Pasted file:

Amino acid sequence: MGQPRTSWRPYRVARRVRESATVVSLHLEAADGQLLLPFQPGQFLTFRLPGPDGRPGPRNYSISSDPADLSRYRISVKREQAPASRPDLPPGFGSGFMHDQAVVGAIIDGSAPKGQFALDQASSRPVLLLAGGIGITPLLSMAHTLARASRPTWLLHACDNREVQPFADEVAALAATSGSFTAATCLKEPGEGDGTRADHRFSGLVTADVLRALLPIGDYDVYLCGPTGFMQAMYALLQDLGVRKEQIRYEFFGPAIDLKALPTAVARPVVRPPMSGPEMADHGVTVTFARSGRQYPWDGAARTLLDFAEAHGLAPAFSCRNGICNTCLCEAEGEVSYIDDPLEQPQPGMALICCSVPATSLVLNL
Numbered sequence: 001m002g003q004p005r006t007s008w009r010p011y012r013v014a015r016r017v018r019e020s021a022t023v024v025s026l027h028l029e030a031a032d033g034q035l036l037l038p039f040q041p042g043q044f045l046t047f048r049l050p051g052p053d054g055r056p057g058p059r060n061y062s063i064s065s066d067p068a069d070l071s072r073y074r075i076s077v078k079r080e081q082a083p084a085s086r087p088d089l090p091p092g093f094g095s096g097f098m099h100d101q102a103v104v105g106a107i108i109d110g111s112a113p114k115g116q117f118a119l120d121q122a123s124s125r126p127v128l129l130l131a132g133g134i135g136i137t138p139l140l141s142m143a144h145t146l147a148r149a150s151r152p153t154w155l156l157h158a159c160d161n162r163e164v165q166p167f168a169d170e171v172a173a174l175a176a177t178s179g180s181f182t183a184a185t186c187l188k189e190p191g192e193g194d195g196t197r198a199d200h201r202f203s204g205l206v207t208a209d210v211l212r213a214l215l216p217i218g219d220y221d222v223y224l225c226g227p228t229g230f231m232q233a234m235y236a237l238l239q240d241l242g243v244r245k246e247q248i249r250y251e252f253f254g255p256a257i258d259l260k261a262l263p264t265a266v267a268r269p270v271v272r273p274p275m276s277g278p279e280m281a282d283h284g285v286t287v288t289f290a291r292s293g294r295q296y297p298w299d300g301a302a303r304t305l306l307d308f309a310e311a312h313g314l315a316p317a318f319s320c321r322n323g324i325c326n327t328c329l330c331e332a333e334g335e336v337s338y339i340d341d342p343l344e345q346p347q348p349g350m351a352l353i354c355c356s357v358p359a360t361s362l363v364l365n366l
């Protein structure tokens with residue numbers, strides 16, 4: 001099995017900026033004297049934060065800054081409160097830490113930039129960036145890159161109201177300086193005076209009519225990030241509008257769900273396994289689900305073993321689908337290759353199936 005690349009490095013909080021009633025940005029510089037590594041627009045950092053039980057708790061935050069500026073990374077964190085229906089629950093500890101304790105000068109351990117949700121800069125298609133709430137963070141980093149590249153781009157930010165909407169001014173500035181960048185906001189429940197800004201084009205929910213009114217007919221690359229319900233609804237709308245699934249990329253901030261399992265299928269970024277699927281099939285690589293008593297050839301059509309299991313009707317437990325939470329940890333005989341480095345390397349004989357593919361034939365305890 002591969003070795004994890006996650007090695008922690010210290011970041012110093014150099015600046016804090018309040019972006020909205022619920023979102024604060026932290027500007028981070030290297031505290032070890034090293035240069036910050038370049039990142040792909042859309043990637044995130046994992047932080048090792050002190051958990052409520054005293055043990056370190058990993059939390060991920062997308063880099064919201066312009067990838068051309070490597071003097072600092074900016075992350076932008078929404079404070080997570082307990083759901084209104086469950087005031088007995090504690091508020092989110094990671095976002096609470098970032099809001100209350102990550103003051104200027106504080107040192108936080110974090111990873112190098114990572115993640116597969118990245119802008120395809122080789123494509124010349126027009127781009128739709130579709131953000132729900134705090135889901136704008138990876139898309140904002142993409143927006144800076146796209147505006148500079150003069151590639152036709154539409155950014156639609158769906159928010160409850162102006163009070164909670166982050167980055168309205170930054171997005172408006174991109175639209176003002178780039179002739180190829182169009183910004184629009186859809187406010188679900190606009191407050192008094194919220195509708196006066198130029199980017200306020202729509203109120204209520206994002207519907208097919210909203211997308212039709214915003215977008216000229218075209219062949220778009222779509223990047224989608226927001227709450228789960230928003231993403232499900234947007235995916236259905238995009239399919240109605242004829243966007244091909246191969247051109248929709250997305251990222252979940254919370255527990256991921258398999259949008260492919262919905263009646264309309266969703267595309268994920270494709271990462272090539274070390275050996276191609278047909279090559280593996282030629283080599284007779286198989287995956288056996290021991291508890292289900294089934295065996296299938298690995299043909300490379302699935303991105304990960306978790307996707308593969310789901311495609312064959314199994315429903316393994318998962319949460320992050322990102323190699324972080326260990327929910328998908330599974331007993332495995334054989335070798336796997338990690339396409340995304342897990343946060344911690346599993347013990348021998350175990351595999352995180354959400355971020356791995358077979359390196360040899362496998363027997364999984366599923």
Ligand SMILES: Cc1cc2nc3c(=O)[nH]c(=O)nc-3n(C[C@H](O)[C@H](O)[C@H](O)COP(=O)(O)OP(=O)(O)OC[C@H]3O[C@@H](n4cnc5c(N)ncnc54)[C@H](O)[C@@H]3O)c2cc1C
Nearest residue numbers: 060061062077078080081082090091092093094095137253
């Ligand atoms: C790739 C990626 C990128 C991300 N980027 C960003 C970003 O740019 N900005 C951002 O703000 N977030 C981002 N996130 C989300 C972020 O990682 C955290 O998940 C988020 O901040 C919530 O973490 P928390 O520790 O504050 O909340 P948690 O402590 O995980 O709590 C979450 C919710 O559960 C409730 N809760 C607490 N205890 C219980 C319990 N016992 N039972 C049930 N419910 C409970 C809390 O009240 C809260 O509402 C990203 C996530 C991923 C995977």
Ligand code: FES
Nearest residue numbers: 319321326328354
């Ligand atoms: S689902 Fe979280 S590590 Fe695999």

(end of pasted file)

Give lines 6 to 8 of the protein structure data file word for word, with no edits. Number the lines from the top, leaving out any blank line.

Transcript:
């Ligand atoms: C790739 C990626 C990128 C991300 N980027 C960003 C970003 O740019 N900005 C951002 O703000 N977030 C981002 N996130 C989300 C972020 O990682 C955290 O998940 C988020 O901040 C919530 O973490 P928390 O520790 O504050 O909340 P948690 O402590 O995980 O709590 C979450 C919710 O559960 C409730 N809760 C607490 N205890 C219980 C319990 N016992 N039972 C049930 N419910 C409970 C809390 O009240 C809260 O509402 C990203 C996530 C991923 C995977």
Ligand code: FES
Nearest residue numbers: 319321326328354